There is a gap of at least $22.9 billion in funding the entire Access to COVID-19 Tools (ACT) Accelerator initiative this year, the World Health Organization (WHO) has announced.
However, the organization emphasized that funding is not the most prominent challenge, as the lack of vaccines is a major obstacle.
WHO warned that vaccines are limited now and for the rest of this year, and so they should be used as strategically as possible.
Financing ACT Accelerator initiative
Leaders of several G7 countries and the European Union pledged to provide $4.3 billion in new funding to support the initiative for the equitable distribution of vaccines, diagnostics and treatment for COVID-19 disease.
“These funds and donations move us one step closer to meeting our target to start vaccination of health workers and older people in all countries within the first 100 days of the year,” said Tedros Adhanom, WHO Director General.
“If there are no vaccines to buy, money is irrelevant.”
He noted that many G7 countries have committed to sharing doses with the COVAX which aims to make vaccines available.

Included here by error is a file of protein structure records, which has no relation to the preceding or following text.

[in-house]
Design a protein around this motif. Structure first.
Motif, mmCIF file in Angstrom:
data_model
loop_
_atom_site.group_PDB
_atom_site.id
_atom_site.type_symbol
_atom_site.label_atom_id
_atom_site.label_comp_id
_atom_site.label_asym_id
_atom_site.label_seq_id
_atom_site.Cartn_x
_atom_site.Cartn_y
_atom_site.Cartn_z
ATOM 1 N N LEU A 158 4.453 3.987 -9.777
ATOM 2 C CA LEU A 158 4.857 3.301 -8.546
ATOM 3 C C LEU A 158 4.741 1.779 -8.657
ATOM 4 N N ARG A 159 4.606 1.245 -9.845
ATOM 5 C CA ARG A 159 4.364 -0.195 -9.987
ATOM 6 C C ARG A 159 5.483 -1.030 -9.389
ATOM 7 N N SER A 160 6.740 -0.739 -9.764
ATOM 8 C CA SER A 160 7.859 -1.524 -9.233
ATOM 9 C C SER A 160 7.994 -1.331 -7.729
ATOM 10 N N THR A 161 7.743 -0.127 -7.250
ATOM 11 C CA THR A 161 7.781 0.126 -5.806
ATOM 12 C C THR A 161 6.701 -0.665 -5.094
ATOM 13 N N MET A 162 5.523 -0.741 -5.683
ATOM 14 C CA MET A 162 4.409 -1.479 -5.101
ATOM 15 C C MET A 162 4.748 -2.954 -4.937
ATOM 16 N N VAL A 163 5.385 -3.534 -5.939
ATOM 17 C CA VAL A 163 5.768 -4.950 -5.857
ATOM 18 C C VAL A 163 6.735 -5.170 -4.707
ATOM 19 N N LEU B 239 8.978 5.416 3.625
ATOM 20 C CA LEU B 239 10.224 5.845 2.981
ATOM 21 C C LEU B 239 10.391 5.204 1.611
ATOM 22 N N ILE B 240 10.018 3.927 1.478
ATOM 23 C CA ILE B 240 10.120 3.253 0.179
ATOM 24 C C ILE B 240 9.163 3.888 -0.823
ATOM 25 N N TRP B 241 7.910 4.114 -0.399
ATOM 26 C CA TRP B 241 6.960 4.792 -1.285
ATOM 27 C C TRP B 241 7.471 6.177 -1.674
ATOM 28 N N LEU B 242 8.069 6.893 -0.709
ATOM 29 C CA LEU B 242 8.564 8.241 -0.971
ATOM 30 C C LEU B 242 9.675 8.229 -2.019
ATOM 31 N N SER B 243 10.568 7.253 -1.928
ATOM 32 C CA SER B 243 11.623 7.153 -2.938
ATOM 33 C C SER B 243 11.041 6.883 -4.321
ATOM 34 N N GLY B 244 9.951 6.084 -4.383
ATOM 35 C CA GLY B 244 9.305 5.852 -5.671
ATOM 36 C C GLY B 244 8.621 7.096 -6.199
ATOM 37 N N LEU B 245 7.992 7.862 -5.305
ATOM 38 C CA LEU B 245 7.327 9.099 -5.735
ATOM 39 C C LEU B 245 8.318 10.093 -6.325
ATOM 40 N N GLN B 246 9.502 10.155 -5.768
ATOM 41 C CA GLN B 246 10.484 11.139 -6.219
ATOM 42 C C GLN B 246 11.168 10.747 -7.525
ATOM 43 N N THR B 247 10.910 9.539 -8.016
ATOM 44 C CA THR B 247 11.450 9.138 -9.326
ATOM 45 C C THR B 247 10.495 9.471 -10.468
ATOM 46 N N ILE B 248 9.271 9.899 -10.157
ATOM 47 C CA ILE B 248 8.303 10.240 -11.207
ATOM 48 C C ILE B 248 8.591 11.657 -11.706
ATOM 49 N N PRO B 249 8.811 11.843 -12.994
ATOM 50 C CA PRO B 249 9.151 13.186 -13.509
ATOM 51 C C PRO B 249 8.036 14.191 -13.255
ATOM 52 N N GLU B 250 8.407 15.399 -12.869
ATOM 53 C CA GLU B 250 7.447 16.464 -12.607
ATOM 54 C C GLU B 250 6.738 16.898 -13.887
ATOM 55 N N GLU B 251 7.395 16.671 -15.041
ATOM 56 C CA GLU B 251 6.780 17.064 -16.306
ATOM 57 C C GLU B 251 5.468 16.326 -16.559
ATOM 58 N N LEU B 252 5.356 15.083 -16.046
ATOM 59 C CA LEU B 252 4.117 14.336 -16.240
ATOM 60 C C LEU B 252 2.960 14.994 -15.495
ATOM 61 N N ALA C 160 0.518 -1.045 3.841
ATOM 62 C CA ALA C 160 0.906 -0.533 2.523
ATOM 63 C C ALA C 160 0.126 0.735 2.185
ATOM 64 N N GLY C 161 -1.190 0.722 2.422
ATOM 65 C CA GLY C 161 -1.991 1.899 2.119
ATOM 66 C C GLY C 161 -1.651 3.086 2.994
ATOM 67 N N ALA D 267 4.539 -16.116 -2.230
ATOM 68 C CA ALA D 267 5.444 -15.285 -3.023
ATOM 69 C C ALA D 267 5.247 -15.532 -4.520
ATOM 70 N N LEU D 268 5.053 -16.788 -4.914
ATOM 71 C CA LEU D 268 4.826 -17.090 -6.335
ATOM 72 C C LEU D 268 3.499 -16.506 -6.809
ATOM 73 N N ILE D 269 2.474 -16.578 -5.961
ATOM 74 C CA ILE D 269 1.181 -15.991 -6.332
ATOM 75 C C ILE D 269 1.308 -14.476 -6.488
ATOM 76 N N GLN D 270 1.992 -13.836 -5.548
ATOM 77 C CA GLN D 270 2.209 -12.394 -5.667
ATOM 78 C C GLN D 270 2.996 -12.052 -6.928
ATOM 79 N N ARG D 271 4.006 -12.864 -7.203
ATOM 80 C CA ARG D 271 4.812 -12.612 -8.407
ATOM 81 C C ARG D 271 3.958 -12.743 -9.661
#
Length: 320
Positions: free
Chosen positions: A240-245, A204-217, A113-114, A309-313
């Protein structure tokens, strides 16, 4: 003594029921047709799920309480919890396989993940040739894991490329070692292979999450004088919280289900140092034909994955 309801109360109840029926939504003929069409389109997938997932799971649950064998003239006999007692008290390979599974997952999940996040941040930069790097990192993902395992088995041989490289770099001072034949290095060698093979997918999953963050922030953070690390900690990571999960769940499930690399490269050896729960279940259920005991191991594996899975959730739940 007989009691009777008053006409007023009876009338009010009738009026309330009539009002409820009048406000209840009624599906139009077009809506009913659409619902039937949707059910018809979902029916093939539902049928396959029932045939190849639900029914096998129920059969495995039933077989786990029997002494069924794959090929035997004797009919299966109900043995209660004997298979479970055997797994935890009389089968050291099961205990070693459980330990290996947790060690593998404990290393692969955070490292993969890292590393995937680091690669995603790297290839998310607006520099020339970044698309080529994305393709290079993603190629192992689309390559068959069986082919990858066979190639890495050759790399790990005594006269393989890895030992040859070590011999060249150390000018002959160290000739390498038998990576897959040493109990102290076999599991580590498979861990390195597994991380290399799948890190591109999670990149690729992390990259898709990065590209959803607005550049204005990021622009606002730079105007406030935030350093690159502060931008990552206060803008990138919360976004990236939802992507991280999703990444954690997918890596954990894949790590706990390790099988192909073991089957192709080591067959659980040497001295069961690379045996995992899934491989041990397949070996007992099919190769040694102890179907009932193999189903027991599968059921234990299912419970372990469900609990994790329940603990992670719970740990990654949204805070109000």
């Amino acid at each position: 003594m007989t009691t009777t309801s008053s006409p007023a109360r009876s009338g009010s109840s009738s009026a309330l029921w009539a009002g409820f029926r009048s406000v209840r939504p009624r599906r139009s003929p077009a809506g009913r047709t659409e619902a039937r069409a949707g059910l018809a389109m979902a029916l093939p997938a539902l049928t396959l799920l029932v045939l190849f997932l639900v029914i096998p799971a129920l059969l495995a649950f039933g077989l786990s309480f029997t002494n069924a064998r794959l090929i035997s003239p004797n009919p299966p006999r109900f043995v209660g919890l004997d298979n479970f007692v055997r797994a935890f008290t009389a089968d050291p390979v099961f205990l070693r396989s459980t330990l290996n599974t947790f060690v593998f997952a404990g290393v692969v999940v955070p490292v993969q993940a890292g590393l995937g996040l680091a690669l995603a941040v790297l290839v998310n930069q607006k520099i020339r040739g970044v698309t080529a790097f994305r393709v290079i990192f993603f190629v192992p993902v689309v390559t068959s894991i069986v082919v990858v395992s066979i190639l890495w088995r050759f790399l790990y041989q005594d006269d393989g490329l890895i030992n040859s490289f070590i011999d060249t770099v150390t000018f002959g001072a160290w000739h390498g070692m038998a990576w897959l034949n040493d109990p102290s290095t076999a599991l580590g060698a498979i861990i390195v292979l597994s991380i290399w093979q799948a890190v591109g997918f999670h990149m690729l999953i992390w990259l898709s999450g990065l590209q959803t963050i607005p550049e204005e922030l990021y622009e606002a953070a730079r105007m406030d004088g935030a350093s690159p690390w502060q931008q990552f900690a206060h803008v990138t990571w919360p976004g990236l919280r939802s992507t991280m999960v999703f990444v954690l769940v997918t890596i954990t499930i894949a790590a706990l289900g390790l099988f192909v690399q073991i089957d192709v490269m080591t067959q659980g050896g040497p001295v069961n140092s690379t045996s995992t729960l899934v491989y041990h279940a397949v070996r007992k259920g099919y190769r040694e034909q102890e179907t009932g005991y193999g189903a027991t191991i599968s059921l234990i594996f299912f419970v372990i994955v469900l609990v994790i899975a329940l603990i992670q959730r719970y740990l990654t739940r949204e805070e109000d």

However, he said, “Currently, some high-income countries are entering contracts with vaccine manufacturers that undermine the deals that COVAX has in place, and reduce the number of doses COVAX can buy”.
“Even if we have the funds, we can only deliver vaccines to poorer countries if high-income countries cooperate in respecting the deals COVAX has done, and the new deals it is doing.”
“This is not a matter of charity. It’s a matter of epidemiology. Unless we end the pandemic everywhere, we will not end it anywhere. The longer the virus circulates, the more opportunity it has to change in ways that could make vaccines less effective.”
Equitable distribution is a collective interest
The Director-General of WHO said it is in the interest of all countries, including high-income countries, to ensure that health workers, the elderly and other groups most at risk are at the forefront of vaccination priorities worldwide.
“To achieve this, we need more funding, we need countries to share doses immediately, we need manufacturers to prioritize contracts with COVAX, and we also need a significant increase in the production of vaccines.”